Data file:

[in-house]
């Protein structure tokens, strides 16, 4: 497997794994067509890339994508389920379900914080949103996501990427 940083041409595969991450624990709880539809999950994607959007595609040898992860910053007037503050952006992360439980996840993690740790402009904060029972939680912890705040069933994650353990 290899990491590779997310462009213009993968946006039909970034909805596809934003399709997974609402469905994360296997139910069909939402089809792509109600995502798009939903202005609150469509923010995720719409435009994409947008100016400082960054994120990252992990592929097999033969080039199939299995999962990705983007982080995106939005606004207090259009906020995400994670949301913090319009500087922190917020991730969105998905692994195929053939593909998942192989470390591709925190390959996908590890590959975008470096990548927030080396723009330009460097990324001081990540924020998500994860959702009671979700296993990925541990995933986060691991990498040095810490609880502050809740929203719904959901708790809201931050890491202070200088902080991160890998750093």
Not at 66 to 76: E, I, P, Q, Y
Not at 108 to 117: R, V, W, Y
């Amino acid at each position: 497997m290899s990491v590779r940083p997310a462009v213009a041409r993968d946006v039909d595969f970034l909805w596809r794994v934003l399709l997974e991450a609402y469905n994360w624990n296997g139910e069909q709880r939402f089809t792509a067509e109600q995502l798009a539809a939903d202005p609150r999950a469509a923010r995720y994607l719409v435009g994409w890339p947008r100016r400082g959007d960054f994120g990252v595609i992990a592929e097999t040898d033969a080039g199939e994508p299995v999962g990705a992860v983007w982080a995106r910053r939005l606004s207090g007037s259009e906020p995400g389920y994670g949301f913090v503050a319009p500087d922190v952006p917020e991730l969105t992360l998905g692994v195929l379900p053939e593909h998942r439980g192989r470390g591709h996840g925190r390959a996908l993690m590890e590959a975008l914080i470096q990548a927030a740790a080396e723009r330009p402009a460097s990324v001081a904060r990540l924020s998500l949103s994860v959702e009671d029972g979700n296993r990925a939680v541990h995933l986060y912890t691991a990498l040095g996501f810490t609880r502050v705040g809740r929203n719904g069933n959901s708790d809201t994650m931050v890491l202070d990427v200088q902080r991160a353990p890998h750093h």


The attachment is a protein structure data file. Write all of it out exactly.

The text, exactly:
[in-house]
């Protein structure tokens, strides 16, 4: 497997794994067509890339994508389920379900914080949103996501990427 940083041409595969991450624990709880539809999950994607959007595609040898992860910053007037503050952006992360439980996840993690740790402009904060029972939680912890705040069933994650353990 290899990491590779997310462009213009993968946006039909970034909805596809934003399709997974609402469905994360296997139910069909939402089809792509109600995502798009939903202005609150469509923010995720719409435009994409947008100016400082960054994120990252992990592929097999033969080039199939299995999962990705983007982080995106939005606004207090259009906020995400994670949301913090319009500087922190917020991730969105998905692994195929053939593909998942192989470390591709925190390959996908590890590959975008470096990548927030080396723009330009460097990324001081990540924020998500994860959702009671979700296993990925541990995933986060691991990498040095810490609880502050809740929203719904959901708790809201931050890491202070200088902080991160890998750093």
Not at 66 to 76: E, I, P, Q, Y
Not at 108 to 117: R, V, W, Y
């Amino acid at each position: 497997m290899s990491v590779r940083p997310a462009v213009a041409r993968d946006v039909d595969f970034l909805w596809r794994v934003l399709l997974e991450a609402y469905n994360w624990n296997g139910e069909q709880r939402f089809t792509a067509e109600q995502l798009a539809a939903d202005p609150r999950a469509a923010r995720y994607l719409v435009g994409w890339p947008r100016r400082g959007d960054f994120g990252v595609i992990a592929e097999t040898d033969a080039g199939e994508p299995v999962g990705a992860v983007w982080a995106r910053r939005l606004s207090g007037s259009e906020p995400g389920y994670g949301f913090v503050a319009p500087d922190v952006p917020e991730l969105t992360l998905g692994v195929l379900p053939e593909h998942r439980g192989r470390g591709h996840g925190r390959a996908l993690m590890e590959a975008l914080i470096q990548a927030a740790a080396e723009r330009p402009a460097s990324v001081a904060r990540l924020s998500l949103s994860v959702e009671d029972g979700n296993r990925a939680v541990h995933l986060y912890t691991a990498l040095g996501f810490t609880r502050v705040g809740r929203n719904g069933n959901s708790d809201t994650m931050v890491l202070d990427v200088q902080r991160a353990p890998h750093h």